Instead, you have to rely on something known as anecdotes. I didn’t know that when you gathered a few people’s anecdotes together they formed data, I thought they formed small talk, but apparently they do.

I’d certainly trust the word of complete strangers with unknown education and life experience over the word of that Doctor with the high-falluting education who writes prescriptions for government funded medication. What does she know?

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11 Mar / First Aid

Today at the office we had a medical emergency. Somehow, a staff member managed to break themselves by stretching.


I don’t know. I didn’t want to get too close to the screaming.

It didn’t matter anyhow, because being a modern-ish corporate-ish office we have trained first-aiders on staff. Yes we do.

Admittedly, they were slow to react to my ever-so-slightly high-pitched calls for help and violent arm-waving. And when I say they, I mean her because the others were inconveniently taking leave as though they were entitled to it.

Never mind the wait, the first aider arrived and I pushed them in front of me. I mean, in front of the patient.

And then the calm tones of the first aider announced, ‘What do I do? I’m only good at putting on bandages.’

Yeah. Wow. Thanks.

I suggested that she take a pulse (there’s a first aid course deep in my past too) but there was a frantic head shake accompanied by the useless information that she could perform CPR.

Of course she could. However, as that would kill the perfectly heart-beating specimen in front of her I declined this kind offer and shooed her away.

Luckily the medical emergency passed as quickly as my confidence that someone could assist.

The first aider went back to sign out a plaster in case that would help.

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10 Mar / Steps

There’s a competition on in the office at the moment. All in the name of good health.

Staff have signed up in groups of four to receive a free pedometer, and now record their steps each day and enter them into a website which tells them how far around the world they’ve come, and where they’re placed in relation to other teams.

The first of those is good-spirited fun; having a cold shower when you reach Loch Ness, starting the long hike up Mount Everest. But the second?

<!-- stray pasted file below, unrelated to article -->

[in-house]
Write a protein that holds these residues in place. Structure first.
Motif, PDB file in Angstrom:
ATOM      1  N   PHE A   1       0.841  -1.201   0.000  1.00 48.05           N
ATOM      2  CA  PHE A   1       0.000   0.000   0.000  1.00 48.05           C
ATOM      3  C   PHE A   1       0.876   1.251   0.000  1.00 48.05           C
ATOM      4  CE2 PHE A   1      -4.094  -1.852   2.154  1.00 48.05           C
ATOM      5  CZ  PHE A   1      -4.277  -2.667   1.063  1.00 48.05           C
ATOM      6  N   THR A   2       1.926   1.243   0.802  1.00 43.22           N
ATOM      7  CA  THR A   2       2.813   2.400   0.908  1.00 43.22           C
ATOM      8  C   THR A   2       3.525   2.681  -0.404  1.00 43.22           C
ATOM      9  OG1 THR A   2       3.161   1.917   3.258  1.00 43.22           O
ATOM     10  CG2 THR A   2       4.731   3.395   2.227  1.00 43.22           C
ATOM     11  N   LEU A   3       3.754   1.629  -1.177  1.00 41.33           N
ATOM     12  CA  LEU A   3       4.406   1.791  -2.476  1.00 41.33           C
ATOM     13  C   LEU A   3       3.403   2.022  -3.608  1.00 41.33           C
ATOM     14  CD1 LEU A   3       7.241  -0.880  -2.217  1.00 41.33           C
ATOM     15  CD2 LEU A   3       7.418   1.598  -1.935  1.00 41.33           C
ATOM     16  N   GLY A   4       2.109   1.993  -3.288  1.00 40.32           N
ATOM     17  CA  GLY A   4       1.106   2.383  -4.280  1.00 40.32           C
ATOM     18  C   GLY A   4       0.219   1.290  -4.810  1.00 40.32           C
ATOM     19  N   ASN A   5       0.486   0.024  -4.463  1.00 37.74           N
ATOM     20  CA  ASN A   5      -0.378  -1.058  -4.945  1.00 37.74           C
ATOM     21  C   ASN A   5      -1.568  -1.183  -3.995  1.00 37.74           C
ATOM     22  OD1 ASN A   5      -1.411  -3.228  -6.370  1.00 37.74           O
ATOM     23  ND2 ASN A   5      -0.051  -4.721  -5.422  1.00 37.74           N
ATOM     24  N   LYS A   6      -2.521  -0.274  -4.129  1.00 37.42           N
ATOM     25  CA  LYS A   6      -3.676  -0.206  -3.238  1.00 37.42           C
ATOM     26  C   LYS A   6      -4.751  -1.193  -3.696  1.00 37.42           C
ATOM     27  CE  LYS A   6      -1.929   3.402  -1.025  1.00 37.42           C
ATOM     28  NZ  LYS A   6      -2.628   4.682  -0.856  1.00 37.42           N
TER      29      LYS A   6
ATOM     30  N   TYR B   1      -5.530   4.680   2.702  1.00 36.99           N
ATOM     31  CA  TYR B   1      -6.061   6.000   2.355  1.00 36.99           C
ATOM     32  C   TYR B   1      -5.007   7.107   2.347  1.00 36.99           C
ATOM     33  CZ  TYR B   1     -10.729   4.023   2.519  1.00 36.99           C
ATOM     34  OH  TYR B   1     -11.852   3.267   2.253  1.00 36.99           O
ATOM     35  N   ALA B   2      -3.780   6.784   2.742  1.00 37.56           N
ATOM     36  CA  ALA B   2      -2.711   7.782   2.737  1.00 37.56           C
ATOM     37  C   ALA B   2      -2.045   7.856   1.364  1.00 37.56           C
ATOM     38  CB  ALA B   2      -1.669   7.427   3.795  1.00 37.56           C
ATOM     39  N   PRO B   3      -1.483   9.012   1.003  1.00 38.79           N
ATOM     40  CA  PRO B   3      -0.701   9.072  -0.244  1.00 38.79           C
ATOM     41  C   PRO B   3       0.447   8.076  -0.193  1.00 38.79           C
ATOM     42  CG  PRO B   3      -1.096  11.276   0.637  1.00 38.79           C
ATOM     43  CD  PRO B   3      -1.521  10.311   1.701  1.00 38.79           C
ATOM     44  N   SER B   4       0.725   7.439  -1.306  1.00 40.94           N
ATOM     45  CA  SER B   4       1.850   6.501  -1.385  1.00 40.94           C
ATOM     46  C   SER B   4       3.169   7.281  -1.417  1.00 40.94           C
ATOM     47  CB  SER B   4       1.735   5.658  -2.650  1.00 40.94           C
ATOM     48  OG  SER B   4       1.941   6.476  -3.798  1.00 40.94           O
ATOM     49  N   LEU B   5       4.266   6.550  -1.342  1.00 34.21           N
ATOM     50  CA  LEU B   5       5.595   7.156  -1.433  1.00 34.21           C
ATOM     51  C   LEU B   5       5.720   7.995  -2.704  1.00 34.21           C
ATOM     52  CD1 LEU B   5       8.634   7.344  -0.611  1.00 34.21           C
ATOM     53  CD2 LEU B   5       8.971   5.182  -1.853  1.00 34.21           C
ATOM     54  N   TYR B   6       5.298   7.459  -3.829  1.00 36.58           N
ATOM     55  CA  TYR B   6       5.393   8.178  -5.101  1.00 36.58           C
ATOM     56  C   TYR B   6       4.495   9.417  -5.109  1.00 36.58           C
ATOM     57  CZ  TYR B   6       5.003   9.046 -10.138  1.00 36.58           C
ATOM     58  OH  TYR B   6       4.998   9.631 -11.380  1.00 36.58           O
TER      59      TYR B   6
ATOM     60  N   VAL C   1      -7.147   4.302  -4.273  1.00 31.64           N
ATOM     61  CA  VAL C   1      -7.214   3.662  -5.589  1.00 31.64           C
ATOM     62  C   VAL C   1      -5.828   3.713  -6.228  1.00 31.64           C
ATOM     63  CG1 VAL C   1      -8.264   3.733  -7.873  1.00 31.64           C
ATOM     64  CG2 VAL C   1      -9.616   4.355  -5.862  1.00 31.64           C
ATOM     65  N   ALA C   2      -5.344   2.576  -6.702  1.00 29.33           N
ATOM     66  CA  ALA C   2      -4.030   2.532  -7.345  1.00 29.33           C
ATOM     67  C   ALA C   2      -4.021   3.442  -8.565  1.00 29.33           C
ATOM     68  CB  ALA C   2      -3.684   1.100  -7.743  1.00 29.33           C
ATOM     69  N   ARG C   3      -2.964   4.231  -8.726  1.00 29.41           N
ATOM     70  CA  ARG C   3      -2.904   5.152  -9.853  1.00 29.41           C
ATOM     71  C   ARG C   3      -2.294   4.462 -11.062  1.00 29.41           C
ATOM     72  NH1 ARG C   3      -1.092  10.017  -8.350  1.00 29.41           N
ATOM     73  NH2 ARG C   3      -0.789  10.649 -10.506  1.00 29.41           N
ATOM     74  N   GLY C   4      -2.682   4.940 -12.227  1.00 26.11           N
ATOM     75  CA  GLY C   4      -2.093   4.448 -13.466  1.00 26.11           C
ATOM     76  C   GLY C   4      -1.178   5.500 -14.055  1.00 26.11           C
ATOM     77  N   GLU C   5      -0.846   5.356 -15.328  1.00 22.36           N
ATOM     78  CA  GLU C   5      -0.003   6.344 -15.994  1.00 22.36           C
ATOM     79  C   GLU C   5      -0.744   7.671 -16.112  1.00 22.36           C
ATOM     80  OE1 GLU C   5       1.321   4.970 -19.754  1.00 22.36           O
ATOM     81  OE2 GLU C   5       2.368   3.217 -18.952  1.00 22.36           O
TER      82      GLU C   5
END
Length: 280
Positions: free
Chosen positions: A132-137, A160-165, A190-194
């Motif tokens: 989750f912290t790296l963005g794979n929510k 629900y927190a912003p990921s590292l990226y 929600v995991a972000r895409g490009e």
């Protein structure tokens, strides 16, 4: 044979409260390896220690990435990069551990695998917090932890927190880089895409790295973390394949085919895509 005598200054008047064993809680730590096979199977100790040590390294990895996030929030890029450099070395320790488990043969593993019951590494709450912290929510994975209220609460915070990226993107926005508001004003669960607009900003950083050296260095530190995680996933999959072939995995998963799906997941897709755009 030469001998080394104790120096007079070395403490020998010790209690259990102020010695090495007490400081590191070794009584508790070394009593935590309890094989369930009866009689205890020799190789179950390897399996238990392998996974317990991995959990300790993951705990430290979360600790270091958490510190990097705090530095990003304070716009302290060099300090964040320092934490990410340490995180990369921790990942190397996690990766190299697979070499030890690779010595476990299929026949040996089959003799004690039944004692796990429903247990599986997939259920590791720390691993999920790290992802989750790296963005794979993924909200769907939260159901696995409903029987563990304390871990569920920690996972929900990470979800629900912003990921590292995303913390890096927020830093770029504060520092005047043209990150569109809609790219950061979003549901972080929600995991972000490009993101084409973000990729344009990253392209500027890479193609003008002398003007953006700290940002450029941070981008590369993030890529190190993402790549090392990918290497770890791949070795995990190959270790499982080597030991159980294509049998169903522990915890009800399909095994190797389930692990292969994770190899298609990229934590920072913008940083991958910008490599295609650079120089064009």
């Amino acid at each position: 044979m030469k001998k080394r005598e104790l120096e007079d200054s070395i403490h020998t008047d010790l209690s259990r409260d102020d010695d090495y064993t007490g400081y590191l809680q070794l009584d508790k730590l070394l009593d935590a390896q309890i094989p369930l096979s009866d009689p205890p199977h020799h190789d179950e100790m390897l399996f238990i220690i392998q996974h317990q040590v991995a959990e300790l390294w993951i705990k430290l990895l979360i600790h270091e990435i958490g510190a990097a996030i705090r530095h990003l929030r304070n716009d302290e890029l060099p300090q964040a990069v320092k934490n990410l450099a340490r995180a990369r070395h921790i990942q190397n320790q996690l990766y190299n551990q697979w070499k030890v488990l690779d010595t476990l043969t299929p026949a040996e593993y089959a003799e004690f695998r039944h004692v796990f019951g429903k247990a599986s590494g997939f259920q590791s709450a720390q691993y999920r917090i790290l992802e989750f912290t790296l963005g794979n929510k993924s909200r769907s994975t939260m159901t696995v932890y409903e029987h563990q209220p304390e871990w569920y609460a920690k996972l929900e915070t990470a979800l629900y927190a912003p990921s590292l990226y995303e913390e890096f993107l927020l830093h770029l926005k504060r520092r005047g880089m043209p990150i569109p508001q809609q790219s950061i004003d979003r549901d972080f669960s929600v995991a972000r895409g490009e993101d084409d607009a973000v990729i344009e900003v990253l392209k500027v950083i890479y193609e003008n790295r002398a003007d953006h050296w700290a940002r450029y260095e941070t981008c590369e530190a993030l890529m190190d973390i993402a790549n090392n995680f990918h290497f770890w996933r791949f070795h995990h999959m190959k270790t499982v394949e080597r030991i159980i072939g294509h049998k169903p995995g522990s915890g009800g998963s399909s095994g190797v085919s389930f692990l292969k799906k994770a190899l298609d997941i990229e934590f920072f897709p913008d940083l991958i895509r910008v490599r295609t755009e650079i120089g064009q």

The second is causing a little bit of friction.

I’m exempt from all this excitement due to the luck of having been on holiday when the sign-up sheets went around. Therefore I’m in the perfect position to look at all the participants and judge them mercilessly.

Some people started to come to work boasting of how easy they found it to do 10,000 steps. Others turned around and started to put in some extra work so they could breeze into the office and laugh about doing 20,000. Another grimly wrecked a perfectly nice trip to Melbourne by making sure she could top 30,000.

All in the name of fun.

All in the spirit of friendly competition.

There’s one person who’s actually sitting and rocking the step counter on the end of its string. It records it as steps. It doesn’t require much effort. All in the name of fun.

I’ve heard of another strapping it onto her dog in the evenings. Keeping an eye on his exercise regimen, while she avoids her own. All in the spirit of friendly competition.

I already have a pedometer on my watch which has always recorded my steps. I never paid it much mind. It was just one of those things that came installed which I don’t use, like the remote control.

I walked home this evening. I would rather have caught the bus. My back hurts now; my feet hurt; my legs feel like someone’s bent them the wrong way.

But I clocked up 13,548 steps. Now I just need to buy a dog.

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Yesterday, on my blog, I talked about the abundance of peaches that are currently raining down from the peach tree outside.

I mentioned that I was already preserving quinces, and implied that this was the sole reason that I couldn’t therefore preserve the peaches also.

I now feel that I must come clean about this. It is in many ways true, but it also one of those truths that hide a lie behind them. A not-the-whole-truth truth, if you will.

You see, I do have the capacity and the will to preserve many jars of quince and peach. I do have the bottles to put up many more than I do. I just don’t have the will to move the bottles I need into the kitchen.

They’ve been sitting out in the garage – unused – for many years now. They’re a legacy from my mother who used to bottle copious amounts of peaches, apricots, and multiple varieties of jams every year.

Even though they’re older than me, they’re still in great condition. The metal lids that hold the seals in place are a bit battered, and some of the pale green has worn off over the years, but there’s still a lot of life left in them.

Especially since it seems that most of them will never be used again.

Here’s the problem:

And believe me, that’s to size.

While the spider occupies the same territory as my preserving jars, I never preserve any more than can fill the bottles already safely inside the house.

I can’t purchase any new ones, because the ones I have are perfectly fit for use.

I can’t use the ones I have, because the spider has claimed them for herself.

A quandary that I may never find my way out of, and the reason why I’m now attempting to eat a year’s supply of fresh peaches rather than stewing them for the middle of winter when I’ll be desperate for something sweet and tasty and raised in my own garden.

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07 Mar / Racist Peaches

Now, I want to stress from the get-go that I didn’t name them. If anybody wants to suggest a change – purple passion, maybe – then I’m happy to go with that (as long as everybody else is too).